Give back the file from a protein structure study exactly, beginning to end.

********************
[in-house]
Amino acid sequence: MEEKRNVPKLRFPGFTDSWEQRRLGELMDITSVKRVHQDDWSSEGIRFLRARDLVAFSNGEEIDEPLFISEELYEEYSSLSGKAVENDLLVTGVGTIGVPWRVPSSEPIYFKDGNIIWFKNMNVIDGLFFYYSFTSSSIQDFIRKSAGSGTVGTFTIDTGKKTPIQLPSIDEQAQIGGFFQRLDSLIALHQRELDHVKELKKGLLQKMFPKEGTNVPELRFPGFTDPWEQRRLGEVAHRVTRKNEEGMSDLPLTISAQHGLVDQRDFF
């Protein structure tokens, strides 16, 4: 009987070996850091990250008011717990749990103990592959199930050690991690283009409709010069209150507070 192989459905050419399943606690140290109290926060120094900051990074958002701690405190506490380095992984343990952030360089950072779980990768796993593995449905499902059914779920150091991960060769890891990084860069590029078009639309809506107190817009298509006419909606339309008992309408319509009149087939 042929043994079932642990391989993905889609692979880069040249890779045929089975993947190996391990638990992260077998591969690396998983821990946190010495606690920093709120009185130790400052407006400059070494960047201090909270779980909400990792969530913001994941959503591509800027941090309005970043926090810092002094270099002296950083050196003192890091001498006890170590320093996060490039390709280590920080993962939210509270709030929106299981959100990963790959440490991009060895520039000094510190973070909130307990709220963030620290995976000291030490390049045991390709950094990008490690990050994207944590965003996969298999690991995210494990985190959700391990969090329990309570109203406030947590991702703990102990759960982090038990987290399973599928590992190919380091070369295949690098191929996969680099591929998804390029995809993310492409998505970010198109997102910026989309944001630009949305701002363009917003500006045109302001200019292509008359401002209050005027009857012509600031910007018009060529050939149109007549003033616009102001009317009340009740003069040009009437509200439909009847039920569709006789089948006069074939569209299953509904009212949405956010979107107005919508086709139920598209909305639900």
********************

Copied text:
[in-house]
Amino acid sequence: MEEKRNVPKLRFPGFTDSWEQRRLGELMDITSVKRVHQDDWSSEGIRFLRARDLVAFSNGEEIDEPLFISEELYEEYSSLSGKAVENDLLVTGVGTIGVPWRVPSSEPIYFKDGNIIWFKNMNVIDGLFFYYSFTSSSIQDFIRKSAGSGTVGTFTIDTGKKTPIQLPSIDEQAQIGGFFQRLDSLIALHQRELDHVKELKKGLLQKMFPKEGTNVPELRFPGFTDPWEQRRLGEVAHRVTRKNEEGMSDLPLTISAQHGLVDQRDFF
């Protein structure tokens, strides 16, 4: 009987070996850091990250008011717990749990103990592959199930050690991690283009409709010069209150507070 192989459905050419399943606690140290109290926060120094900051990074958002701690405190506490380095992984343990952030360089950072779980990768796993593995449905499902059914779920150091991960060769890891990084860069590029078009639309809506107190817009298509006419909606339309008992309408319509009149087939 042929043994079932642990391989993905889609692979880069040249890779045929089975993947190996391990638990992260077998591969690396998983821990946190010495606690920093709120009185130790400052407006400059070494960047201090909270779980909400990792969530913001994941959503591509800027941090309005970043926090810092002094270099002296950083050196003192890091001498006890170590320093996060490039390709280590920080993962939210509270709030929106299981959100990963790959440490991009060895520039000094510190973070909130307990709220963030620290995976000291030490390049045991390709950094990008490690990050994207944590965003996969298999690991995210494990985190959700391990969090329990309570109203406030947590991702703990102990759960982090038990987290399973599928590992190919380091070369295949690098191929996969680099591929998804390029995809993310492409998505970010198109997102910026989309944001630009949305701002363009917003500006045109302001200019292509008359401002209050005027009857012509600031910007018009060529050939149109007549003033616009102001009317009340009740003069040009009437509200439909009847039920569709006789089948006069074939569209299953509904009212949405956010979107107005919508086709139920598209909305639900």